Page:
OMB looks to retrain feds to fill cyber needs

The federal government is taking steps to fill high-demand, skills-gap positions in tech by retraining employees already working within agencies without a cyber or IT background.

Shutterstock image ID: 569172169 By Zenzen
 

The future federal cybersecurity workforce might already be in place -- almost. The federal government is taking steps to fill high-demand positions in tech by retraining agency employees who currently have no cyber or IT background.

The Office of Management and Budget, in partnership with the Department of Education and the CIO Council, is launching an educational program to train current federal employees without an IT background in cyber defense skills.

The Federal Cybersecurity Reskilling Academy is "the first of many of the reskilling efforts that the administration is exploring," said Federal CIO Suzette Kent on a briefing with reporters. "One of the best places for us to start is investing in our current federal workforce and taking our existing talent and helping them bridge into areas where we see that demand."

The goal of the three-month curriculum, Kent said, is to provide current feds without a cyber or IT background with a mix of live and in-classroom training to help fill tech skills gaps.

"We do know a few small programs won't be enough to solve the challenge of our overall scale, but that's why we're going to have many programs. We're going to learn from each one," she said, adding that a future cohort will be open to all federal employees and will include courses on robotic process automation, as well as executive leadership skills.

Jeff Neal, senior vice-president of the management consulting firm ICF, said the program is "worth pursuing."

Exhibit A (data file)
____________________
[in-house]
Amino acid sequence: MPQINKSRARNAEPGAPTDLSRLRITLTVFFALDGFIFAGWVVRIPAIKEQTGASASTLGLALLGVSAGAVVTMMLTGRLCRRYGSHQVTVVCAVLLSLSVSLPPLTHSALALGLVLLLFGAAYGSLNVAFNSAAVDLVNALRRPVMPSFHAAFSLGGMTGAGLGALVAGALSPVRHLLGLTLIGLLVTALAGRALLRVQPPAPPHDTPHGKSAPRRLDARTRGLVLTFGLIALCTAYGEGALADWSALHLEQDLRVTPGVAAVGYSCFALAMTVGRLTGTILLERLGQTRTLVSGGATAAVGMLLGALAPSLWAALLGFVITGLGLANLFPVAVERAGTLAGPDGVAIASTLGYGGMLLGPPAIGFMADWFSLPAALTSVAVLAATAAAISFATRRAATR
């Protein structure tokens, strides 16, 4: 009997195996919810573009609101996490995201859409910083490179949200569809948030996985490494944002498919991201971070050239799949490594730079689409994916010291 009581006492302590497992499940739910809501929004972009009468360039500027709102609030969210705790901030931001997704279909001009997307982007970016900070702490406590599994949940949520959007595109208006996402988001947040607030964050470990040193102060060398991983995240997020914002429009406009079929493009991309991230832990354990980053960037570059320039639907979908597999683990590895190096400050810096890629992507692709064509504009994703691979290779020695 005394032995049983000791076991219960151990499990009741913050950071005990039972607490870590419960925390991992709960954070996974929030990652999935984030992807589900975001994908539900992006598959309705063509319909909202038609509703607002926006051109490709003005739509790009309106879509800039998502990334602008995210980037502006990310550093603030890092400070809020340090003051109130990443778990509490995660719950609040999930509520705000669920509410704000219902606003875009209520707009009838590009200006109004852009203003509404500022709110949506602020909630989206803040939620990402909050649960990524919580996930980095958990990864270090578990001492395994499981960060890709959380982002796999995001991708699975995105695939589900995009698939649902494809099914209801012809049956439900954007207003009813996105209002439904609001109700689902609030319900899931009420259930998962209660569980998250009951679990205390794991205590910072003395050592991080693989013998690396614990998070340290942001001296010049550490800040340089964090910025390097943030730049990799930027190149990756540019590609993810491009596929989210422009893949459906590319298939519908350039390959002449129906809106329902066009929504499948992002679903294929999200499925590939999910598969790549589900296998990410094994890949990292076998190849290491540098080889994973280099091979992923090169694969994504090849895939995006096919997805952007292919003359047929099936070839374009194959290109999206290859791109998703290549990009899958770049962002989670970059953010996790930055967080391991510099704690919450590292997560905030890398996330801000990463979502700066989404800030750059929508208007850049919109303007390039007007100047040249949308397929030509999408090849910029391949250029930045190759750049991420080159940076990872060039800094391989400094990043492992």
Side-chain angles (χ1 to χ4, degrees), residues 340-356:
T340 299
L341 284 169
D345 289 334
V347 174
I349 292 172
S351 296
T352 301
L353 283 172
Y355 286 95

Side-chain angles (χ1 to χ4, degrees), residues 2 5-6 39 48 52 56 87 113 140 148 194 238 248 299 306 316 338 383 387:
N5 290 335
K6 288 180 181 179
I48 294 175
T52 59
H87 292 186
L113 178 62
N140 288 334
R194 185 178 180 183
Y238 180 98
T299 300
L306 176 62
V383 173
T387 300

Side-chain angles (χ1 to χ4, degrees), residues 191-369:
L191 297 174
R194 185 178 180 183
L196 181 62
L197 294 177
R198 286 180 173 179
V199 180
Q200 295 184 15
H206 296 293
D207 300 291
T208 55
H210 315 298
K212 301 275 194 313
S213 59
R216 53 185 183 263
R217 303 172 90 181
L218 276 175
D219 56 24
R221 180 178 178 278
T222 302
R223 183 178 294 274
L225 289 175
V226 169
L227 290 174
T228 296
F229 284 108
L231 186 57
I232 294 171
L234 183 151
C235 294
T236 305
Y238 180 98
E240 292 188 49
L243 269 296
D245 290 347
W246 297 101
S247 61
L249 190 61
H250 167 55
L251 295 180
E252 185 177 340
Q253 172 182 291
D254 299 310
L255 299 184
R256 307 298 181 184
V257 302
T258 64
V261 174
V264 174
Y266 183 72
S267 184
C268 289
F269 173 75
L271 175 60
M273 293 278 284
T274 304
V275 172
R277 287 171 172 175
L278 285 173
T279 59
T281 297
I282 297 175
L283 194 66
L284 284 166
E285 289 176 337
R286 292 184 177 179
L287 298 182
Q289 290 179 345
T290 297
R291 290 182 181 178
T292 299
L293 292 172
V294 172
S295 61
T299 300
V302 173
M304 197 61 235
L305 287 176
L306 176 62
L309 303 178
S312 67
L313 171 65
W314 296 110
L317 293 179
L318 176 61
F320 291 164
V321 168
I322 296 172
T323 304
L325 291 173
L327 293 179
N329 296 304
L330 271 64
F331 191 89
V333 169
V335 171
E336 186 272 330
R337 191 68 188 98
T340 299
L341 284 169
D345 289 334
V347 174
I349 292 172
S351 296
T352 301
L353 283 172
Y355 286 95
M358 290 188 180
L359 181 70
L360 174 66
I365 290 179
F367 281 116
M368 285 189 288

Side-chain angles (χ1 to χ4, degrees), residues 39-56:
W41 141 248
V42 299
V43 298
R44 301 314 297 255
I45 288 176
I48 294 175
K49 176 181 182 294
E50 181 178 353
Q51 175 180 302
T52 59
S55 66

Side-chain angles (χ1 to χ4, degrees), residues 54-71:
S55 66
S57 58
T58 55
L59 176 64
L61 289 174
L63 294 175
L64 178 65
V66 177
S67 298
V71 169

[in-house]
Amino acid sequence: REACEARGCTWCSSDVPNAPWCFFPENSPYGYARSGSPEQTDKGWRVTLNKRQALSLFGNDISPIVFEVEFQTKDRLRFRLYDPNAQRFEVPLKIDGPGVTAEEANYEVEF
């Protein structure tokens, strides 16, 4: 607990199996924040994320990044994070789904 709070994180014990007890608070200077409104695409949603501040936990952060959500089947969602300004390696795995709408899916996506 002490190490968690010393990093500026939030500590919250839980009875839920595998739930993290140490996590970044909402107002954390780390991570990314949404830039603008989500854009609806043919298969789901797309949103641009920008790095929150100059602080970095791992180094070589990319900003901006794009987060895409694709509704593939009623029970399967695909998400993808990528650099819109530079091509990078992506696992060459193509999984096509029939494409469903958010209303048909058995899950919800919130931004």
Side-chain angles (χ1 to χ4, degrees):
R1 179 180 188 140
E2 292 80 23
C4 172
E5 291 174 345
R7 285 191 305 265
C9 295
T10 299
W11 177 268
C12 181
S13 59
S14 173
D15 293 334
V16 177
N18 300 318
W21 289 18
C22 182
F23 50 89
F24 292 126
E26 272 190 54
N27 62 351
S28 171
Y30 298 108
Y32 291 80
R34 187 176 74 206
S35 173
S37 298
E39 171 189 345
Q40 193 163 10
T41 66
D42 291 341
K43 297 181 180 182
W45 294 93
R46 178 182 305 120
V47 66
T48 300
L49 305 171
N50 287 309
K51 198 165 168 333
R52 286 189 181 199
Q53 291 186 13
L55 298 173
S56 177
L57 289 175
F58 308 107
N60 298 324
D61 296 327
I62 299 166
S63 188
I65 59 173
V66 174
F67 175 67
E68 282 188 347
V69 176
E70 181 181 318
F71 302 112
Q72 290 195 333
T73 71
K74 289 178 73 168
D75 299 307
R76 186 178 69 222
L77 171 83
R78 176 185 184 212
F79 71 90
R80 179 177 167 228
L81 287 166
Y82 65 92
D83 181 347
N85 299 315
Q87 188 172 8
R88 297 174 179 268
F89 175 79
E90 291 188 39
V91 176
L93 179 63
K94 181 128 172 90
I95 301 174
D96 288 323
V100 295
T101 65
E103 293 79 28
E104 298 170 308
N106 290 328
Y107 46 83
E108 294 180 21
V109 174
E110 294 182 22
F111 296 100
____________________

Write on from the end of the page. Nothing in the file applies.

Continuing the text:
"Reskilling" the workforce has been a tenant of the administration's workforce policy, and a key part of the President's Management Agenda. Neal said these sorts of training programs "can work and are an effective means of addressing recruiting deficits."

Former Air Force Brig. Gen. Greg Touhill, who served as the nation's first chief information security officer, added he was "hugely excited about this."

"This is something we proposed back when I was in service," he said. "The three-month academy part is a good start, but I think there's going to be a whole lot more investment."

Touhill pointed out the proposal was inspired by similar programs within the military that he said have had great success, adding he expects there to be significant interest among civilian-side employees as well.

For the program to achieve maximum effectiveness, Touhill did note "I'd like to see what happens after the academy" to the participants — as well as how it'll be funded, whether agencies whose employees attend the program will be taxed, and how big future programs will be and how many of them there will be.

"Are they going to be awarded a particular skill level, are they going to go into a particular series? What's next is still unanswered," he said.

Interested feds must apply by Jan. 11. Following a critical-thinking and problem-solving assessment, about 25 selected applicants will begin training in March.

"Even though we are starting with smaller numbers in each of these programs, the approach we're taking across the councils, and our executives and all of the agencies will let us understand the success rate and expand and industrialize those across the government," said Kent.

The target date for the second cohort is sometime in the spring of 2019.

This article was updated Dec. 2.

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